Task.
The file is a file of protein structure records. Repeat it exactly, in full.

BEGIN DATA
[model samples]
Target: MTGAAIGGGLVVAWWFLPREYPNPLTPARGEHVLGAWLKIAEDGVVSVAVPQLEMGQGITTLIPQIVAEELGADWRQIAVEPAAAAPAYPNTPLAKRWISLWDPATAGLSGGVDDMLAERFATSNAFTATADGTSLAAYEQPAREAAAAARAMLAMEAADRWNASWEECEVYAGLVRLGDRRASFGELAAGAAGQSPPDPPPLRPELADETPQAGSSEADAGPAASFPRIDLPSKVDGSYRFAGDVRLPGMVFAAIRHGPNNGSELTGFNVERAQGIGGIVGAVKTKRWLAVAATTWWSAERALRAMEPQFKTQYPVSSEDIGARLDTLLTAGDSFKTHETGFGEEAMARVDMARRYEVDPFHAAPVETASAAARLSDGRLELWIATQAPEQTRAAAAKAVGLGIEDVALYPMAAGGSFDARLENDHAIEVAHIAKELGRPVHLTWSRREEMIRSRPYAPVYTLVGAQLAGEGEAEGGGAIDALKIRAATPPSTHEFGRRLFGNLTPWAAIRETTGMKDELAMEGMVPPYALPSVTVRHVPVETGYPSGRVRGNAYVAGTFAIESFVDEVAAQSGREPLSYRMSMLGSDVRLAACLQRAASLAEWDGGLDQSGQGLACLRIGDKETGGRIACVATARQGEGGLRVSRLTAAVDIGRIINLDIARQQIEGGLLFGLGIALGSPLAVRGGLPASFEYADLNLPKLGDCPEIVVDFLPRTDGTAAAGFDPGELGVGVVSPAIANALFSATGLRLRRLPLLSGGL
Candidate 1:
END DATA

[model samples]
Target: MTGAAIGGGLVVAWWFLPREYPNPLTPARGEHVLGAWLKIAEDGVVSVAVPQLEMGQGITTLIPQIVAEELGADWRQIAVEPAAAAPAYPNTPLAKRWISLWDPATAGLSGGVDDMLAERFATSNAFTATADGTSLAAYEQPAREAAAAARAMLAMEAADRWNASWEECEVYAGLVRLGDRRASFGELAAGAAGQSPPDPPPLRPELADETPQAGSSEADAGPAASFPRIDLPSKVDGSYRFAGDVRLPGMVFAAIRHGPNNGSELTGFNVERAQGIGGIVGAVKTKRWLAVAATTWWSAERALRAMEPQFKTQYPVSSEDIGARLDTLLTAGDSFKTHETGFGEEAMARVDMARRYEVDPFHAAPVETASAAARLSDGRLELWIATQAPEQTRAAAAKAVGLGIEDVALYPMAAGGSFDARLENDHAIEVAHIAKELGRPVHLTWSRREEMIRSRPYAPVYTLVGAQLAGEGEAEGGGAIDALKIRAATPPSTHEFGRRLFGNLTPWAAIRETTGMKDELAMEGMVPPYALPSVTVRHVPVETGYPSGRVRGNAYVAGTFAIESFVDEVAAQSGREPLSYRMSMLGSDVRLAACLQRAASLAEWDGGLDQSGQGLACLRIGDKETGGRIACVATARQGEGGLRVSRLTAAVDIGRIINLDIARQQIEGGLLFGLGIALGSPLAVRGGLPASFEYADLNLPKLGDCPEIVVDFLPRTDGTAAAGFDPGELGVGVVSPAIANALFSATGLRLRRLPLLSGGL
Candidate 1: